Our Incredible Shrinking Market

When making decisions on new or changing uses, the major goals of the Commission shall be to preserve the Market as...A widely varied shopping area with a diversity of many small, owner-operated specialty businesses...In the interest of maintaining a diverse mix of businesses and because of the importance that owner-operators play in establishing the character of their business, growth through the introduction of new, independent start-up enterprises is strongly preferred over expansion...

-Pike Place Market Historical Commission Guidelines, 2.1.4 & 2.6.6

Matt Janke succeeded the popular Café Counter Intelligence with his eponymous, even more popular, fine dining spot in the Market. He has earned public and critical awards in that small sliver of a space. Last month, with the landlord PDA's blessing, he asked the Market Historical Commission for approval of an expansion into the adjoining office space. The move would just about double his seating capacity.

The Historical Commission unanimously approved the expansion.

It is sometimes not understood how established, successful Market businesses which expand into neighboring spaces with assistance from landlords and approval by the Market Historical Commission contribute to a trend that alters and hurts the Market. The expanded businesses remain small by out-of-Market standards but the number of Market businesses is still less and, therefore, the Market is diminished.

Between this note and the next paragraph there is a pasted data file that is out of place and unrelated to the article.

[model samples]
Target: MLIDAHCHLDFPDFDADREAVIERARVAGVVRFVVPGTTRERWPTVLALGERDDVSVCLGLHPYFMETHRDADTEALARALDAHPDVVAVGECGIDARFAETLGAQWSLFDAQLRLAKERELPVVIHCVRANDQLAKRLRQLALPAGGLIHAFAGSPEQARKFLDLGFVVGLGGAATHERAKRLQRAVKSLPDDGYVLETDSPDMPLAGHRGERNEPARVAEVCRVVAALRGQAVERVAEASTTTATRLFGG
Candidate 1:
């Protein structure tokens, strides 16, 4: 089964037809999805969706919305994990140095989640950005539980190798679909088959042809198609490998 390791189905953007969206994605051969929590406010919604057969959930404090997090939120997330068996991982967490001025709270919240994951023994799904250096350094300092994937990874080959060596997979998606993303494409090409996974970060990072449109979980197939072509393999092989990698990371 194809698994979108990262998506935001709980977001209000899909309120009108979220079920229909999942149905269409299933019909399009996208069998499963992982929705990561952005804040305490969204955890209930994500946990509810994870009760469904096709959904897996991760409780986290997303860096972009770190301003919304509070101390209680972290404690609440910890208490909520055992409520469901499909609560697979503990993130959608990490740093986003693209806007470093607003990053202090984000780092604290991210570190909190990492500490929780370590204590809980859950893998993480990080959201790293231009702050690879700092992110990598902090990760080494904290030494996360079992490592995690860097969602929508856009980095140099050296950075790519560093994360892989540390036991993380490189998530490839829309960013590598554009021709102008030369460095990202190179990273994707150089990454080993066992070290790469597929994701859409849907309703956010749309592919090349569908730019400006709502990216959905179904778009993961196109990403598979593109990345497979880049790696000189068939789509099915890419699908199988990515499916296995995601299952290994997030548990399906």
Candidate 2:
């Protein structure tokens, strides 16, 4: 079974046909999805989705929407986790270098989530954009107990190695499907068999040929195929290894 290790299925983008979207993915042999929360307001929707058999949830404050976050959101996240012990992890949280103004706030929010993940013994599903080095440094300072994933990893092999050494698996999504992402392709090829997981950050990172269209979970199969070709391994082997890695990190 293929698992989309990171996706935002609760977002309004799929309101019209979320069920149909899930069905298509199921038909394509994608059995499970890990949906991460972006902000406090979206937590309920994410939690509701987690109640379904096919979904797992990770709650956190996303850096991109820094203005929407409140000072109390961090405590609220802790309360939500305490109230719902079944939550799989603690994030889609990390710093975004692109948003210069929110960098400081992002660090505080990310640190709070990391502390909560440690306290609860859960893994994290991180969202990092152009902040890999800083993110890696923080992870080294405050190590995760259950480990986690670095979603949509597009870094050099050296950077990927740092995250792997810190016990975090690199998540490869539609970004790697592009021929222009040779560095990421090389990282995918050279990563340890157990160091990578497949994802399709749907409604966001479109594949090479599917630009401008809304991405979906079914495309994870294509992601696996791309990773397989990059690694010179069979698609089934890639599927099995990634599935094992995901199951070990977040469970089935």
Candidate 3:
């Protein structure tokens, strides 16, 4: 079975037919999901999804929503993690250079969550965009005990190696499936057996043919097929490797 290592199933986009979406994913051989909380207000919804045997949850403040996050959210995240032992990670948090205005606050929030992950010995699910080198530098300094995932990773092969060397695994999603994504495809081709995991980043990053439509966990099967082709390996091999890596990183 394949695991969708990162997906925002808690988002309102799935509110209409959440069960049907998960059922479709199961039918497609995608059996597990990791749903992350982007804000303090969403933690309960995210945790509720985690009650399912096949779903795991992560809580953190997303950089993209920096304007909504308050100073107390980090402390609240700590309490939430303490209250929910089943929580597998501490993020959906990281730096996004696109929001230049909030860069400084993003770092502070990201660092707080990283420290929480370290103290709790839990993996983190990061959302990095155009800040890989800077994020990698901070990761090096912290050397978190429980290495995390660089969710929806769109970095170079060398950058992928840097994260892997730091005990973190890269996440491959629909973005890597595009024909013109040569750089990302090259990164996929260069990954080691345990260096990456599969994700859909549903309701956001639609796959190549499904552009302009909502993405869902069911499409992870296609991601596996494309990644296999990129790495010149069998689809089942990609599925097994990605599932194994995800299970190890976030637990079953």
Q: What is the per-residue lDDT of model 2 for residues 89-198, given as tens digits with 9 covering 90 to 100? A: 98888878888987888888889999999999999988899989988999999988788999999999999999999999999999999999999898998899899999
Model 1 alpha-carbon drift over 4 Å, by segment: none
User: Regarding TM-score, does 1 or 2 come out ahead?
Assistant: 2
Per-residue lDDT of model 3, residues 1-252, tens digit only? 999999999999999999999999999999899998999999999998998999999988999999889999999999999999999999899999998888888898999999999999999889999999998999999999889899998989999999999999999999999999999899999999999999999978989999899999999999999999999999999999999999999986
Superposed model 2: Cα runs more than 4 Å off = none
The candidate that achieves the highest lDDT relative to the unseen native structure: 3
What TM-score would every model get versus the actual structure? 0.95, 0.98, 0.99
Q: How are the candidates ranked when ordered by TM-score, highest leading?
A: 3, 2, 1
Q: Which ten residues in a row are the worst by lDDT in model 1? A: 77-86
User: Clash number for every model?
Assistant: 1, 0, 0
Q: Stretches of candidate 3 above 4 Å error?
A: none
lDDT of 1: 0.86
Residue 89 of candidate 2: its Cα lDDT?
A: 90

Look at what makes this Market special. It has no national or local chain store merchants. The 'sameness' of shopping malls is nowhere evident. All the business spaces are small and compact, which puts the shopper in direct contact with the owner-operators who know their products, many of which are grown or made by them. These small businesses offer specialty products and services. Their number creates the business mix of diverse products that attract shoppers. Unlike department stores, searching out the locations of these shops rewards persistence and route-finding by shoppers, which most find rewarding and distinct from their other shopping experiences.

None of those qualities meet the needs of commercial property managers. Ideally, they would prefer fewer tenants with large capital reserves and small demands for support and services. They would prefer to deal with the leasing department of The Cheesecake Factory and not Ramadan Senturk of No Boundaries.

The Historical Commission Guidelines were written in the winter of 1971 and have been tested by time. Yet the Market has changed considerably. The Guidelines have not failed. Nevertheless the accretion of small accommodating decisions over time by landlords and the Commission have brought us to a changed Market.

The rule to prefer new business to expansion of an existing one has good sense behind it. This preference was written by the original Historical Commission in 1971 because they understood that reasonable people would never flatly prohibit expansion. Yet, they knew that small, start-up businesses were what would keep the Market's promise.